I’ve been concerned about the wording of the ballot initiative known as Amendment One since the first time I read it. Political candidates aren’t allowed to campaign within hundreds of feet of polling places, but this wording campaigns for itself right there on the ballot. Who wouldn’t want to “make Georgia more economically competitive”. The situation smells fishy, and I want to highlight some of the fishiness through some of my recent experience.
I recently finished spending over 2 years as CTO of Elf Island (and then Xeko after a merger). We hired several key artists from a Rezilio, another local gaming company. The company couldn’t pay its employees, but they hoped to turn the company around. If they had enforceable non-compete agreements with these employees, they probably would have enforced them against us. That’s not a judgement against Rezilio, just a logical move. It’s much easier to turn a company around if the key employees haven’t been hired by someone else. We would have spent much more time looking for excellent artists familiar with building flash games, and those employees would have waited for courts to sort out the non-competes or abandoned their game skills to start from scratch in another industry.
More recently, Xeko itself closed, leaving myself and several key employees without job or salary. The company hopes to take on more funding and reopen the game. While I also hope that happens, I have a family, a mortgage, and many other financial obligations. Waiting around for funding was not an option. Fortunately, we knew some people at Menue Americas, who were looking to add a development team to make a new Facebook game. 7 days after Xeko let us go, 6 of us had new jobs with competitive pay, great benefits, and exciting work. We moved as a functioning team, which has allowed us to produce MUCH faster than a newly formed team could possibly have produced.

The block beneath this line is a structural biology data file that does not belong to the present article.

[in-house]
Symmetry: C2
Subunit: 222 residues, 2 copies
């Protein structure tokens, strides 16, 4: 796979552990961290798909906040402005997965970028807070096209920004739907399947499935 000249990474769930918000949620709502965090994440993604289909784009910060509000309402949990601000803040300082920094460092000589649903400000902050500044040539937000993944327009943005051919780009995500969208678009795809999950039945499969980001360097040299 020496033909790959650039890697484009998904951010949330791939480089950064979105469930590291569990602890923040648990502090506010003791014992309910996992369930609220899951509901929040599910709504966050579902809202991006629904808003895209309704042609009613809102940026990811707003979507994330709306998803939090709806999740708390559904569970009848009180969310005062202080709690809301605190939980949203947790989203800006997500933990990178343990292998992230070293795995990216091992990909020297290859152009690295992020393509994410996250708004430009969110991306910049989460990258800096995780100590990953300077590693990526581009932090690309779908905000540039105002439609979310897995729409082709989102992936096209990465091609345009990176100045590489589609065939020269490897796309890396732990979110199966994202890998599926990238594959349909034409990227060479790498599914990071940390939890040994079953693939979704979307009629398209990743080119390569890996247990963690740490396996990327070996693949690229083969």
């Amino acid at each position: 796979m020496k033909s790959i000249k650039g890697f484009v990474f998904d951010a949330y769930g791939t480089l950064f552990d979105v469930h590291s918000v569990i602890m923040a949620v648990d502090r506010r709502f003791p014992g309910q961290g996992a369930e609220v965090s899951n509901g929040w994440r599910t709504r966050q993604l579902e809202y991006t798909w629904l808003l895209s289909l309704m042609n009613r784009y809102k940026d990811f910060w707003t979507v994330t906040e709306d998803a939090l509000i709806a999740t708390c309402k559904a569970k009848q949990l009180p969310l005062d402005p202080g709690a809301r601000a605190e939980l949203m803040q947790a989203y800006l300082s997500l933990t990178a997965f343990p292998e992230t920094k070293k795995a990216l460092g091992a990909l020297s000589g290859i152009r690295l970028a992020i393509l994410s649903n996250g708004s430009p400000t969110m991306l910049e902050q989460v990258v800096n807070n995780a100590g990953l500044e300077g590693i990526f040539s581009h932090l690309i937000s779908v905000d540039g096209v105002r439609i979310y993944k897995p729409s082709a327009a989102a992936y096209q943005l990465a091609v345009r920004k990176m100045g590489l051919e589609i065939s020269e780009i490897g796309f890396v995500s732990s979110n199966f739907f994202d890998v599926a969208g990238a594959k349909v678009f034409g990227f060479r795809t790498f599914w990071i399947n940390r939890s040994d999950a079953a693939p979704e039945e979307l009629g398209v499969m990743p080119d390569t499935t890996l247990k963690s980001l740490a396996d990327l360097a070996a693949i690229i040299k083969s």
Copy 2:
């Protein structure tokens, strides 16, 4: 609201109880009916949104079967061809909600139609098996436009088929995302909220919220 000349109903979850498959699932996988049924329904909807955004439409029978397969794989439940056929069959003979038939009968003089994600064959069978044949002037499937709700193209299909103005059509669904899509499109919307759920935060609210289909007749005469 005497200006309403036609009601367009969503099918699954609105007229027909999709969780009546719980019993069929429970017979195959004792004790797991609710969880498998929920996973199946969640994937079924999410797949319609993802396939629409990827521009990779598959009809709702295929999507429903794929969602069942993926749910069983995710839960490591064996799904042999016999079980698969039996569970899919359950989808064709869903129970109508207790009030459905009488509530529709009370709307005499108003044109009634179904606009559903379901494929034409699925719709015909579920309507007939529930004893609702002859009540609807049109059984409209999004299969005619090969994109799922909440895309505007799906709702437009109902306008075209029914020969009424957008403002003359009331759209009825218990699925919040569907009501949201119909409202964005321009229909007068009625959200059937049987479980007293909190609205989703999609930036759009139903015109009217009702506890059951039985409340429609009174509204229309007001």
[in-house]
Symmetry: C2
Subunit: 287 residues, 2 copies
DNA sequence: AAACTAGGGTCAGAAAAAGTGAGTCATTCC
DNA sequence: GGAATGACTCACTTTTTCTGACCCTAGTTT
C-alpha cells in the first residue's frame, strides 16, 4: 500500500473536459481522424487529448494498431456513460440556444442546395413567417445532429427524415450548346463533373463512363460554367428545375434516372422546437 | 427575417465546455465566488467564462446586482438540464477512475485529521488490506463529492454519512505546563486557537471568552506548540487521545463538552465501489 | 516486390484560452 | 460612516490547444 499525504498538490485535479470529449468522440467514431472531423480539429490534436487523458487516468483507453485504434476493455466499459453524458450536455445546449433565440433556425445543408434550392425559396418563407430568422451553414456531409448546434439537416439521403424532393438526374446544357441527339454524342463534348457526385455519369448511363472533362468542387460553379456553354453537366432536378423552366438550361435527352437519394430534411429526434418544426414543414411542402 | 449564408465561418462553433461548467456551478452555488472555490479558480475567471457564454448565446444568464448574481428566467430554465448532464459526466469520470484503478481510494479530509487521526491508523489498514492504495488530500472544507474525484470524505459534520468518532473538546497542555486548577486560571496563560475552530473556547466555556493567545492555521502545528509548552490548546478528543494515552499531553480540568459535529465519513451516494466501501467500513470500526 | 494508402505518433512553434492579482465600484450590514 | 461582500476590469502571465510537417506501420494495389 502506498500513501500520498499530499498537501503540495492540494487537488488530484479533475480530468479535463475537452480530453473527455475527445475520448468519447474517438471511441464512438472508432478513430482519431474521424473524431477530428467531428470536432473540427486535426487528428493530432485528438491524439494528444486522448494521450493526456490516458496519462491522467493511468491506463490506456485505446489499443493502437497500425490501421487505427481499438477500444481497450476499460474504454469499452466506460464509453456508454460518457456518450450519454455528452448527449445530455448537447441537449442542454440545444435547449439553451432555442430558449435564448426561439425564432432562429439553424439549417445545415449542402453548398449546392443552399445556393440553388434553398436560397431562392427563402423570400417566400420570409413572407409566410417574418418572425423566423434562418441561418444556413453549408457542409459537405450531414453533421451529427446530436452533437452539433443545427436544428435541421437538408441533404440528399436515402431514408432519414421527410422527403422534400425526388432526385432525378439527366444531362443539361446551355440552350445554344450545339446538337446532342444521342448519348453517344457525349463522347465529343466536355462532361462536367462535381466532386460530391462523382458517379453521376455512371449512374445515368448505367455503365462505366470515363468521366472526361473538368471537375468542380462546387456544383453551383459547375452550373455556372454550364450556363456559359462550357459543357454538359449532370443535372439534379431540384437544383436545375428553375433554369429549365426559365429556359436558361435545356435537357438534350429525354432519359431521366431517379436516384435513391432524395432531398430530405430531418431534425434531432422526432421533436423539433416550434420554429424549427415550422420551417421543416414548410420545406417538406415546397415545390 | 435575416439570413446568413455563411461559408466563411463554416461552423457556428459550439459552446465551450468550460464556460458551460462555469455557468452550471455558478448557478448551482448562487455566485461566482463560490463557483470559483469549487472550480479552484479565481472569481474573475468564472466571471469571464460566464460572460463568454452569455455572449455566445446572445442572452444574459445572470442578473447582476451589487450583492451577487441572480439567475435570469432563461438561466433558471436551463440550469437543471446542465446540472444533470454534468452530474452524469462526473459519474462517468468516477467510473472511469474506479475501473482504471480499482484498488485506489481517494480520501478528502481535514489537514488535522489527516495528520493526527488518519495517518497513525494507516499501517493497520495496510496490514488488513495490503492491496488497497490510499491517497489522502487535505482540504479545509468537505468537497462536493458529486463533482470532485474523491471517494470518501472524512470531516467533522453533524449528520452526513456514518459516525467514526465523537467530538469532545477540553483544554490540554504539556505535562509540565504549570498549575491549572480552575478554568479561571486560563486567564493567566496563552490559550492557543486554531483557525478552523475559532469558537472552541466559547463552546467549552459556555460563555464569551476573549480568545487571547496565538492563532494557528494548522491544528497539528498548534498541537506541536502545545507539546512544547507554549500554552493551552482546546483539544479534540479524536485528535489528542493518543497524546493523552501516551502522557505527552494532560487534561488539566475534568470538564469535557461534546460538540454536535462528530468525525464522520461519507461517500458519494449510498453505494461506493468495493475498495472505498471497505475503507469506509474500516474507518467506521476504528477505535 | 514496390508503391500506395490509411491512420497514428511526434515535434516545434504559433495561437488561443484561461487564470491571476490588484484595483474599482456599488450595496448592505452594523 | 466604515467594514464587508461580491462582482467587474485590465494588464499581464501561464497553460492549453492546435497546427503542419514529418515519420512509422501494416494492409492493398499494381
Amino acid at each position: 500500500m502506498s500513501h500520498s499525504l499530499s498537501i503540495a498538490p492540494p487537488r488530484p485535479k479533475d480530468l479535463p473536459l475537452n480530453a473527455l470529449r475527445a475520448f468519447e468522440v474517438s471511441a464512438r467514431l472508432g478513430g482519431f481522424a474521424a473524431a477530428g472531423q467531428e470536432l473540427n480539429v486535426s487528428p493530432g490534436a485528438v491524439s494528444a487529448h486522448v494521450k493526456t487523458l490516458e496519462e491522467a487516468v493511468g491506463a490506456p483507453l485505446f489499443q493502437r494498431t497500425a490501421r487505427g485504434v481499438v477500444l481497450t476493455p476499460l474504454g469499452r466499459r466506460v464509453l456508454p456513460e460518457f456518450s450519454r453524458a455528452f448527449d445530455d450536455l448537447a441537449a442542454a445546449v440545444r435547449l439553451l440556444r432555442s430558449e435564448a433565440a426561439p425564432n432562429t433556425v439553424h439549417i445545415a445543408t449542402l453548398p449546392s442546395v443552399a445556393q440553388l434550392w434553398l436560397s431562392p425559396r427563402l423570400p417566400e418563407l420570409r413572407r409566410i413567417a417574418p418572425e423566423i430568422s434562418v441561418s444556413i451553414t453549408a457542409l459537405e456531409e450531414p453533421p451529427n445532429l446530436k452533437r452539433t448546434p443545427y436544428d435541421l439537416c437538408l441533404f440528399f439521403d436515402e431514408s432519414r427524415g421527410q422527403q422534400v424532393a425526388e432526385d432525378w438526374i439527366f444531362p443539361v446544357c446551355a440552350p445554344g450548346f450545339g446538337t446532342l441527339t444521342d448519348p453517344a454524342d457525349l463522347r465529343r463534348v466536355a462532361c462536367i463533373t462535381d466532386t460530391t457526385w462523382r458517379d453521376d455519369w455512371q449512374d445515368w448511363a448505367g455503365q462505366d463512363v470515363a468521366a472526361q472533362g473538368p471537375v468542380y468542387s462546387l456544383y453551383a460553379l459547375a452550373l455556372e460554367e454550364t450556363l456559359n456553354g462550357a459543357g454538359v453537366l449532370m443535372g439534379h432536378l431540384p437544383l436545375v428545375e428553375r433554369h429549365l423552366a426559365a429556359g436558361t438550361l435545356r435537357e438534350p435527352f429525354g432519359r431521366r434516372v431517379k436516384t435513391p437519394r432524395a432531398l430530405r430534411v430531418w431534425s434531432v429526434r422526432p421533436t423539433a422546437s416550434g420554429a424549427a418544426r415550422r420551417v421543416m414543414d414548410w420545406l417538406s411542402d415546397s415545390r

While I trust that Xeko’s founders would have treated us fairly, we had taken on several rounds of funding that could have left the decision of how to handle our employment agreements in the hands of investors. The best interest of these investors is to ensure that key employees would be available to resume company operations in the event that new funding was secured. I am fairly certain that folks like our team – CTOs, creative directors, art directors, lead developers, etc, are exactly the sort of people that Amendment 1 would seek to constrain under non-compete agreements. If amendment 1 were in place, I have serious doubts that such a peaceful and quick transition could have been made. Menue might have hesitated to hire us, fearing that Xeko’s investors would invoke their non-compete rights. If they did hire us, they could have been tied up in legal disputes for months for the crime of hiring people who had lost their jobs.